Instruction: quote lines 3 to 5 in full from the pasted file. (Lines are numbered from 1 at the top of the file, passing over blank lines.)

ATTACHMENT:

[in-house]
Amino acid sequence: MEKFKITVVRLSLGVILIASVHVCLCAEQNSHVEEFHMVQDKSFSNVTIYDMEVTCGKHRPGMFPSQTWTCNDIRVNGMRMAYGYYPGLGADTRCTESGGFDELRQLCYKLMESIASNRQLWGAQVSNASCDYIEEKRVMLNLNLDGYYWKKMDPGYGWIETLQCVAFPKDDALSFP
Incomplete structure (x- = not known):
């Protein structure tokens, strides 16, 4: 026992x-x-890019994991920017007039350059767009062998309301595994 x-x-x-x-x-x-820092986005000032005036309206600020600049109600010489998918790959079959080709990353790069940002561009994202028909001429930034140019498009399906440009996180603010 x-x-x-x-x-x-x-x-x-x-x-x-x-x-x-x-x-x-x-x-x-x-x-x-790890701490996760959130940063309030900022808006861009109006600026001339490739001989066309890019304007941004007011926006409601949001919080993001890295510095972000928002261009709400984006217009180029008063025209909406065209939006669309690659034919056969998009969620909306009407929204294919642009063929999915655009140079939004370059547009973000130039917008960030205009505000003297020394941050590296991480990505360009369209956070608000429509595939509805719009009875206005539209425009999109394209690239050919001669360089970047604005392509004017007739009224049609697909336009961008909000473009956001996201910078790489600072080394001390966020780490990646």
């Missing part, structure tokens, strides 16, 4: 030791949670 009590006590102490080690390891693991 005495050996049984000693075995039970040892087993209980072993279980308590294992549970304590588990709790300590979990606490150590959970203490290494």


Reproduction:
Incomplete structure (x- = not known):
């Protein structure tokens, strides 16, 4: 026992x-x-890019994991920017007039350059767009062998309301595994 x-x-x-x-x-x-820092986005000032005036309206600020600049109600010489998918790959079959080709990353790069940002561009994202028909001429930034140019498009399906440009996180603010 x-x-x-x-x-x-x-x-x-x-x-x-x-x-x-x-x-x-x-x-x-x-x-x-790890701490996760959130940063309030900022808006861009109006600026001339490739001989066309890019304007941004007011926006409601949001919080993001890295510095972000928002261009709400984006217009180029008063025209909406065209939006669309690659034919056969998009969620909306009407929204294919642009063929999915655009140079939004370059547009973000130039917008960030205009505000003297020394941050590296991480990505360009369209956070608000429509595939509805719009009875206005539209425009999109394209690239050919001669360089970047604005392509004017007739009224049609697909336009961008909000473009956001996201910078790489600072080394001390966020780490990646």
């Missing part, structure tokens, strides 16, 4: 030791949670 009590006590102490080690390891693991 005495050996049984000693075995039970040892087993209980072993279980308590294992549970304590588990709790300590979990606490150590959970203490290494």